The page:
Beheading of children.

God-only-knows what else.

For those of us in the States, it’s quite easy to read about it, hear about it, feel sadness or even hurt, whisper a quick prayer of relief that it’s not us, and move on.

I don’t know about you, but I am about sick-to-death of the soft-set vanilla pudding in female Christianese.

I desire to be a woman who feels deep anger and discontent with sin–especially against women and children.

I desire to be a woman who falls on her face and shakes and cries and begs the Father of ALL life for mercy, mercy, mercy for my brothers and sisters in Christ who are suffering the unspeakable.

I desire to be a woman who unmutes her lips and speaks up and says: “Cry out to the Lord! Beg of Him for mercy because of your sin!” and “Lord, wipe out every last one who fails to repent! Bring justice, Lord. Do not delay! Come, Lord Jesus, Come!”

I desire to be a woman who flinches not at the realities of the sexually abused in my own midst.

That’s right.

What’s happening in the Middle East is unspeakable. It’s sin at its unchecked height.

But similar unspeakables are happening here.

RIght here.

Down the street.

In my city.

In your city.

And, yet, we are angry, not because humanity is violated, but because our team didn’t win the big game, our coffee is too cold, or the price of gas increased $.75 to the gallon.

Open your mouth for the mute,
For the rights of all the unfortunate.
Open your mouth, judge righteously,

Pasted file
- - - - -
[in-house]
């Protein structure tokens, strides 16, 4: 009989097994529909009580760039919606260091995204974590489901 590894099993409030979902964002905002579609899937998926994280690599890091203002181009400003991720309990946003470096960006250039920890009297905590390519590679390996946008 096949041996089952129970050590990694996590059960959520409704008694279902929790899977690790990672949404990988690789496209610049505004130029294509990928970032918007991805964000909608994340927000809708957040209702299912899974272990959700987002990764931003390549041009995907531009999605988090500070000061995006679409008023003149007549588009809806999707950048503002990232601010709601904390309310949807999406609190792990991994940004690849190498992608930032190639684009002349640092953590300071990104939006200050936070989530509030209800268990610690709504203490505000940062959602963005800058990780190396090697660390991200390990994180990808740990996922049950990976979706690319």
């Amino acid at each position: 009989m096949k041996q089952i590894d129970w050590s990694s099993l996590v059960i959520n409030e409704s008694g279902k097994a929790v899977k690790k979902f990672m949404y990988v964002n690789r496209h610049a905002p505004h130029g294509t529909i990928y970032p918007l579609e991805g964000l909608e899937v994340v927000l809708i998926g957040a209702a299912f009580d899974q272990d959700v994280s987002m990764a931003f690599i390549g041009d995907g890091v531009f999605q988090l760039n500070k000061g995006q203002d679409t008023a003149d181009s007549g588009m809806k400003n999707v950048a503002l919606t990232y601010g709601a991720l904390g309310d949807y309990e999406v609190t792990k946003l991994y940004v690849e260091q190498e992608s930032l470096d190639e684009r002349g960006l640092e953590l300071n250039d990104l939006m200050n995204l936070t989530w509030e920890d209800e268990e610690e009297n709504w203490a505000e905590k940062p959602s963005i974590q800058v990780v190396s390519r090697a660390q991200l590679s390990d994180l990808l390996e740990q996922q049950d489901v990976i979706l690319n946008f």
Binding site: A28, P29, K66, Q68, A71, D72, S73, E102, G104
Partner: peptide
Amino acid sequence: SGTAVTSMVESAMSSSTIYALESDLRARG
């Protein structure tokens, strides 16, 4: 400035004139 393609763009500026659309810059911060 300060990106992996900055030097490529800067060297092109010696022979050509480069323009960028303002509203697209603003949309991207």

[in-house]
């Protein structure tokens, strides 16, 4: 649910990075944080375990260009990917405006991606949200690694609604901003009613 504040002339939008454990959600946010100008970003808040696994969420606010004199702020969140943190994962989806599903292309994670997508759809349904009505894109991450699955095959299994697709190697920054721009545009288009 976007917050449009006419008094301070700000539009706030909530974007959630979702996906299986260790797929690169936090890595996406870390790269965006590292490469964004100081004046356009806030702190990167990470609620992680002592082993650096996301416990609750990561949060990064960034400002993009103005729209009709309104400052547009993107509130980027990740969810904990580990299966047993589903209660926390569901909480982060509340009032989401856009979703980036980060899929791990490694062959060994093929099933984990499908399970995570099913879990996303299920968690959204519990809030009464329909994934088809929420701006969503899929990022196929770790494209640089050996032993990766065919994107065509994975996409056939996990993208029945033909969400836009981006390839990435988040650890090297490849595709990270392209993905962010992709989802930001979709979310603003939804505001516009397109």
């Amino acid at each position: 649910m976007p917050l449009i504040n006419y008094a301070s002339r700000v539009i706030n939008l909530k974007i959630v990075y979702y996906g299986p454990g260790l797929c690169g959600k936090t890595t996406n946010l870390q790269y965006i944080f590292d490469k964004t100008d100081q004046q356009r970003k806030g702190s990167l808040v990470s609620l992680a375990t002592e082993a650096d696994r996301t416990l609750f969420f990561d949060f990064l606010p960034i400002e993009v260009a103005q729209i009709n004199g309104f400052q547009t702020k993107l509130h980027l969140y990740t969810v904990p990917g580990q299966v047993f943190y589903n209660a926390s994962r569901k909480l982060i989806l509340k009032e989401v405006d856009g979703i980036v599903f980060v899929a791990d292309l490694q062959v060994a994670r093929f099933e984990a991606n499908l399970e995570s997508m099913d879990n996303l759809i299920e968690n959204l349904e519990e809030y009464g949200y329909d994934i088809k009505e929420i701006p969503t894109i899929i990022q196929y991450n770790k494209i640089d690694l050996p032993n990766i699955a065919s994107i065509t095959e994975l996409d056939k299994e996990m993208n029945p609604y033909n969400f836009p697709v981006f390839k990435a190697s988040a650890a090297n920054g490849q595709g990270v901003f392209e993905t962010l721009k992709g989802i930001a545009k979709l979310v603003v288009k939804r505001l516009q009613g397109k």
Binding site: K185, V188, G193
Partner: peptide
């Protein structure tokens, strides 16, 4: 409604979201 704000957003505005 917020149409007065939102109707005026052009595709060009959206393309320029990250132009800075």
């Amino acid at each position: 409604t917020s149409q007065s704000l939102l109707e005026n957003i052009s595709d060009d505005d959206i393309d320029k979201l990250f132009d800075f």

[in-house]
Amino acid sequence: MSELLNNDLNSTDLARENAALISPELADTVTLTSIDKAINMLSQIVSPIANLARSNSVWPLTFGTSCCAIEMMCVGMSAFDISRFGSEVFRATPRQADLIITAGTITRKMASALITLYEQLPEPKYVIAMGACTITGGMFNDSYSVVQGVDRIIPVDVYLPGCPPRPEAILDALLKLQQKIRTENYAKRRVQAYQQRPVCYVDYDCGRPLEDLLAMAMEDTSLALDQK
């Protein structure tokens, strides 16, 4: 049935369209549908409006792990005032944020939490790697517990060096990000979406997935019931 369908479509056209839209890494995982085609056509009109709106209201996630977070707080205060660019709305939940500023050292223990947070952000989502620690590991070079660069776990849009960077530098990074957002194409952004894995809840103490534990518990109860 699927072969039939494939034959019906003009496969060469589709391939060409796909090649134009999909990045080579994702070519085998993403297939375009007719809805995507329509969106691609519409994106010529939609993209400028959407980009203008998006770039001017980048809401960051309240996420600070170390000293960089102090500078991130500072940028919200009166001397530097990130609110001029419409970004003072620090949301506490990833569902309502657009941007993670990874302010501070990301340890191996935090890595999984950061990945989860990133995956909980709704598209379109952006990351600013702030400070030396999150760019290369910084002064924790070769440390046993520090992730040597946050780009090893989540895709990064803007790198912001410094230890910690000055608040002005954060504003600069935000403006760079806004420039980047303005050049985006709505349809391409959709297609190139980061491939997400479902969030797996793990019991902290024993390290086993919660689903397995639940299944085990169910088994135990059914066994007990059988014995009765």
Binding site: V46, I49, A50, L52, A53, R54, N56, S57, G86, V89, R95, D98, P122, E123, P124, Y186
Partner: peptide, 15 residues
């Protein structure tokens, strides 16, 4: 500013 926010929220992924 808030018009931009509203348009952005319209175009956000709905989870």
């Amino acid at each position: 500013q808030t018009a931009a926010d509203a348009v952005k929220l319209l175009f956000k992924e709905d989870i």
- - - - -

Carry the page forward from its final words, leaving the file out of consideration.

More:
And defend the rights of the afflicted and needy (Prov. 31.8-9).

It’s time to feel the righteous anger God feels and speak up for those who can’t, for those who are consumed with survival, for those far off and those right under our nose.

Yes, I have an anger problem.

Yes, I beg Him to heal me of it.

And Yes, I ask Him to trust me with His righteous anger, so that I might speak for them, for Him, for His glory.

“Mighty One of Heaven, flex your muscles, speak the word, and make it stop! Come, Lord Jesus, Come!”


What’s your next step?

Experiencing a range of emotions, including anger, is healthy and normal. Where are you in the range of emotions? It’s often common for the abuse survivor to feel “numb” or to feel “angry” as the dominant emotion. Talk to someone safe and who knows you. Ask them what they see in you, in terms of your ability to feel and express emotions.

Validation of hurt can come through the listener’s anger upon hearing the story. Consider your response to sin and dark trauma. Won’t you allow yourself to feel the anger, but then release it to the Father in prayer, begging of Him to intervene, to make it right, to secure justice and provide mercy?



Join me on the healing journey.

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One response to “Make Our Anger Righteous, O Lord

  1. You are amazing and so right on!! Thank you for this stand! We should be angry over the hideous crimes in the Middle East taking place right now. We should be angry over sexual abuse and abuse in general happening all over the world! God is angry over it! He’s our Father and I know that if something like that happened to me or to my children…watch out…my dad and my husband are going to be beyond angry! Righteous anger is Biblical! Jesus was angry and God in the Old Testament was angry! Time we Believers stand up and get righteous angry!